Andrew Luck ran 19 yards for the winning touchdown Sunday, giving Indianapolis a 21-17 season-opening victory over Oakland.
Luck was 18 of 23 for 178 yards with two touchdown passes, but earned his eighth career fourth-quarter comeback by scrambling for a score with 5:20 to go in the game. Still he wasn’t the quarterback that earned the most raves throughout Sunday’s season opener as Terrelle Pryor showed why he was named the Raiders Week One starter from the opening drive to the final whistle.
Despite two endzone interceptions, Pryor moved the Raiders offense in such a fashion that you couldn’t tell that Oakland was named the worst team in football by many television experts prior to the season. Coming into the game as 10.5 point underdogs and starting the game down 14-0 with Luck 8/8 on passes the game looked like it could get out of hand, but Pryor never let it.
A timely touchdown drive that was finished off by a one yard Darren McFadden plunge sparked the Raiders defense into two second quarter stops that gave Pryor a chance to tack on points before the half. He did just that, getting well into Sebastian Janikowski’s range. Not missing a field goal inside the 50 yard line for all of 2012, Janikowski shanked it wide as the second quarter ended to keep the Raiders down 14-7, a miss that came back to haunt them in the final moments of the game.
In the second half the stingy defense remained and Pryor’s knack for moving the offense remained. Buying time with his feet and setting the Raiders all time rushing yards record for a quarterback, Pryor made the game a four point one early on in the third setting up SeaBass for a 38 yard field goal that was a little more automatic for the Polish Cannon.
The Raiders appeared to take their first lead of the game when Darren McFadden caught a perfectly placed Pryor heave in the top corner of the endzone. The instant replay turned over the touchdown, but it didn’t phase Pryor who marched it all the way down to the red zone. Denarius Moore dropped a touchdown on first and goal, but he made up for it shortly after catching a five yarder to give the Raiders the much deserved lead.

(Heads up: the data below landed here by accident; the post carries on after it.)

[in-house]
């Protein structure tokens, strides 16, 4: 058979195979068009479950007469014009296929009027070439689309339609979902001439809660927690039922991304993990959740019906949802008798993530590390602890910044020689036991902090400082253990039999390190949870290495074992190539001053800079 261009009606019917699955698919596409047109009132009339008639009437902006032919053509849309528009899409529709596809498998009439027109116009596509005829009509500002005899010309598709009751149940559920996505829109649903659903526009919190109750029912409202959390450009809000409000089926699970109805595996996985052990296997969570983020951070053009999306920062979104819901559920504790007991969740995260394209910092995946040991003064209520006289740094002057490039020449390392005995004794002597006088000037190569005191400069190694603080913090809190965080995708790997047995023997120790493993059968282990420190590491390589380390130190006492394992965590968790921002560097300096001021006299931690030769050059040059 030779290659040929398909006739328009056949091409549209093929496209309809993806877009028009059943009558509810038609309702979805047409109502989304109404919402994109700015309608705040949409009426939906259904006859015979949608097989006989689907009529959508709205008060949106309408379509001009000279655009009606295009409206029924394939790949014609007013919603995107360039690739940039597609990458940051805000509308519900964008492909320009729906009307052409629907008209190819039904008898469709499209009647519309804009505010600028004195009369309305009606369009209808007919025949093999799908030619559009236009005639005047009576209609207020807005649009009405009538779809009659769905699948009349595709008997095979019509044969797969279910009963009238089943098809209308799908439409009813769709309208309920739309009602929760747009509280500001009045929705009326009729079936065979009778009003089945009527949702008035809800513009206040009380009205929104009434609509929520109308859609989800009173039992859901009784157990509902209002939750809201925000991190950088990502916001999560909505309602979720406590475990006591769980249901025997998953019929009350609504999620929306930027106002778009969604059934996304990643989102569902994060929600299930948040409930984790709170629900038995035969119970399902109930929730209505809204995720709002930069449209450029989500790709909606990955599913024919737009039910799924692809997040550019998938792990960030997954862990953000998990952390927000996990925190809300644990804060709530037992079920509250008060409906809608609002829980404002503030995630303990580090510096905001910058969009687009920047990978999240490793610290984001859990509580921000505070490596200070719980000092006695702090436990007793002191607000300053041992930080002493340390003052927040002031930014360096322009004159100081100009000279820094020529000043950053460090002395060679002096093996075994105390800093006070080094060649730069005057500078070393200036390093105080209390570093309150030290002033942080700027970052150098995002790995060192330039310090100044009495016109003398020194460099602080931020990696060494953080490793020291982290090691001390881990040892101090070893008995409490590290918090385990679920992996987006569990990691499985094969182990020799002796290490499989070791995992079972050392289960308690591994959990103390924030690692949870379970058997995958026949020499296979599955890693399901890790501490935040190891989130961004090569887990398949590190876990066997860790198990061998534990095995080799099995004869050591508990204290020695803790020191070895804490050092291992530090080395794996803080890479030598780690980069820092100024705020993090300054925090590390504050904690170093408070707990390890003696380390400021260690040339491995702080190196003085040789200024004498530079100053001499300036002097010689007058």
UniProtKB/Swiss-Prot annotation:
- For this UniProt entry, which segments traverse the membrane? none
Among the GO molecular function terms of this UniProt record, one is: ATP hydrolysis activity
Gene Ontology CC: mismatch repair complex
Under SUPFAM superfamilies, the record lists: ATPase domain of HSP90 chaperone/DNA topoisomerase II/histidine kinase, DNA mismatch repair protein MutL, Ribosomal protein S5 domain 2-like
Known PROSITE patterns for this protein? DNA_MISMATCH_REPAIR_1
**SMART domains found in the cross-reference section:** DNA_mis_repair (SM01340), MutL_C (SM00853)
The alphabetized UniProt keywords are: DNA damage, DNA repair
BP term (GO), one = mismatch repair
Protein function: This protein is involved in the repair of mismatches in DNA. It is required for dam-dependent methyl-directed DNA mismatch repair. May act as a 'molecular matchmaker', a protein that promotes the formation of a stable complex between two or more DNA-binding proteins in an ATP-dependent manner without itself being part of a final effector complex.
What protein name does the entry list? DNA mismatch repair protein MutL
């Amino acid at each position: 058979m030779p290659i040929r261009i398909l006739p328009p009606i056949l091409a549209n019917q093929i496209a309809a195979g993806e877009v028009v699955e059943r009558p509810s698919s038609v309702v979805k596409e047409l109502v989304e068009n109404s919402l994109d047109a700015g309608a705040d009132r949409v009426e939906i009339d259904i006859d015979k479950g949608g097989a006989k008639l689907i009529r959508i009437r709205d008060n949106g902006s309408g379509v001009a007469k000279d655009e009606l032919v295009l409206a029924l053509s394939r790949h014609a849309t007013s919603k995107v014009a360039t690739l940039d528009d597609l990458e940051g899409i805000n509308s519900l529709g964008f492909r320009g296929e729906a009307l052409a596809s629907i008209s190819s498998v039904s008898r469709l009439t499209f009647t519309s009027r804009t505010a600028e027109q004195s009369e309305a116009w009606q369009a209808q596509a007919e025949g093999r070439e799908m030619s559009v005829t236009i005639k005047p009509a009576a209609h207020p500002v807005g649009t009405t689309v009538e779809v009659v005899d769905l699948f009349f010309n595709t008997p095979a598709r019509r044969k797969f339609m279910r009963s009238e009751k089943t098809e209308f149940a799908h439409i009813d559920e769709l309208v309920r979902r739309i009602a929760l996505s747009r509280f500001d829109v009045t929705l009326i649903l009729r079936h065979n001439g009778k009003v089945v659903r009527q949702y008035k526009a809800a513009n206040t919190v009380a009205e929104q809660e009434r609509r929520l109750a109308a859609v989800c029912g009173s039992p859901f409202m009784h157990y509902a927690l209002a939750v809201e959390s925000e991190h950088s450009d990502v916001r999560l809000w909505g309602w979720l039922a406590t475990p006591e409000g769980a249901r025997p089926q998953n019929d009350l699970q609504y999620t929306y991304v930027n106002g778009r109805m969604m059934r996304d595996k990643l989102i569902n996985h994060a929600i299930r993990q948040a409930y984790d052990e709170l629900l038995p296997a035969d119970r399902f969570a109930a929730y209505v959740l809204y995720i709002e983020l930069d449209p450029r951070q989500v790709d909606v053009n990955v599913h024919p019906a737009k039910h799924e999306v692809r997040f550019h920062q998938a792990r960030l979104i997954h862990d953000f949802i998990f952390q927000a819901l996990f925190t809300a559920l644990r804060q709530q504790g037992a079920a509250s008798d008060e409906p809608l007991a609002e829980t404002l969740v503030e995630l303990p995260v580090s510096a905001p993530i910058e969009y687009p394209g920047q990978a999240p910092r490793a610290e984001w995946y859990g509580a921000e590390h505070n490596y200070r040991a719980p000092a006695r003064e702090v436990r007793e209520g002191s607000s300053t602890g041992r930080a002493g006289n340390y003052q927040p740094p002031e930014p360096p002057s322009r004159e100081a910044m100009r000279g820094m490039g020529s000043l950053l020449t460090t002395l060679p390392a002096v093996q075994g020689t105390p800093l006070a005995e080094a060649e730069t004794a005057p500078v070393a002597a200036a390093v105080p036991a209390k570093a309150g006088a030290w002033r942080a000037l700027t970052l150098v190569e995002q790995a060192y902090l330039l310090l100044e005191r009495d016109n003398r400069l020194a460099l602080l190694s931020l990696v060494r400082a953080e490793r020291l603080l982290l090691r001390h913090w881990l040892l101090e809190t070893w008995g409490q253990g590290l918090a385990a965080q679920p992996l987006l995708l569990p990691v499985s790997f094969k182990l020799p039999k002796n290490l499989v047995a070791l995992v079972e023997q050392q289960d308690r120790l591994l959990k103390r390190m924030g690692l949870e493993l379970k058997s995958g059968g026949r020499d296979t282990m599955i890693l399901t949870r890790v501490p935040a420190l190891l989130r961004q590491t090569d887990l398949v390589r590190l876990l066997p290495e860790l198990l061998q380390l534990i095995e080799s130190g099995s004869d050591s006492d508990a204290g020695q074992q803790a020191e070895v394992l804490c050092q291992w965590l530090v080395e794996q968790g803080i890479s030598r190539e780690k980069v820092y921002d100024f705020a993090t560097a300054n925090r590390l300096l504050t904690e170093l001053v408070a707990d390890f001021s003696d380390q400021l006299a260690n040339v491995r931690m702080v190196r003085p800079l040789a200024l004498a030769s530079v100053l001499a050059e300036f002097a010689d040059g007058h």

After Luck’s scramble, Pryor remained calm, charging Oakland down the field. A gutsy play action call on 3rd and 1 saw tight end Jeron Mastrud wide open for a 41-yard pass to get the Raiders within scoring distance. Pryor upped the ante by hitting Moore on a twenty yard pass on 4th and 9 to put the Raiders in the red zone, it looked like the magical debut was in the cards.
In the end the offensive line cost the Raiders at the worst possible moment, collapsing right down in the middle of the pocket and for one of the rare occurances on Sunday, Pryor was unable to escape the pressure and took a sack that took Oakland outside of the red zone. A crushing blow considering the Raiders could have kicked the field goal had Janikowski made his first half field goal.
The game ended with the second interception of the night from Pryor, the same result of the first one as Pryor was caught forcing a ball for a touchdown and was punished by the Colts secondary. Luck took the knee and closed out the game, a game that Oakland can hold their heads up high about knowing they could have beat a 2012 playoff team on the road using their fourth left tackle in three weeks.
Pryor was the obvious catalyst in Oakland’s quality product on the field on Sunday. No quarterback in the Raiders recent history could have put the Colts so close to victory. Not Carson Palmer and definitely not Matt Flynn. Countless times he had to avoid two and even three pass rushers and he showed no problems in doing so and made everyone around him look better. Every Raider receiver and running back made a valuable play on Sunday, particularly Rod Streater who showed a golden connection with Pryor on rollouts that saw him wide open for first downs down the middle for five receptions and 70 yards. Denarius Moore also caught five passes for 40 yards and the goahead touchdown, dropping a few catches but ultimately showing that as their connection with Pryor grows so will their receiving numbers.
Positivity should surround Raider Nation after this game. Yes, Pryor’s two interceptions near the endzone cost Oakland in the end. But so did Tracy Porter’s poor coverage on Reggie Wayne, so did SeaBass’ missed field goal and a missed call on the Luck touchdown when D.J. Hayden was obviously held by the endzone as Luck skirted by. That is football, and Pryor earned the right to make a couple mistakes by making up for the mistakes of his offensive line for four quarters. The answer is clear on who Dennis Allen’s starter is for 2013 and it is Pryor.
Where the Raiders are headed will become clearer during the week, but it is now clear what most around the Raiders have known all preseason. That the Oakland Raiders are not even close to the worst team in football, and that they will be competitive in the majority of their football games this season. A night from Pryor where he was a impressive 19 of 29 for 217 yards and one TD, and broke the Raiders rushing record for a quarterback with 13 carries for 112 yards has expectations and spirits up in the Black Hole. The Autumn Wind is back, and it was calmer than anyone could have expected.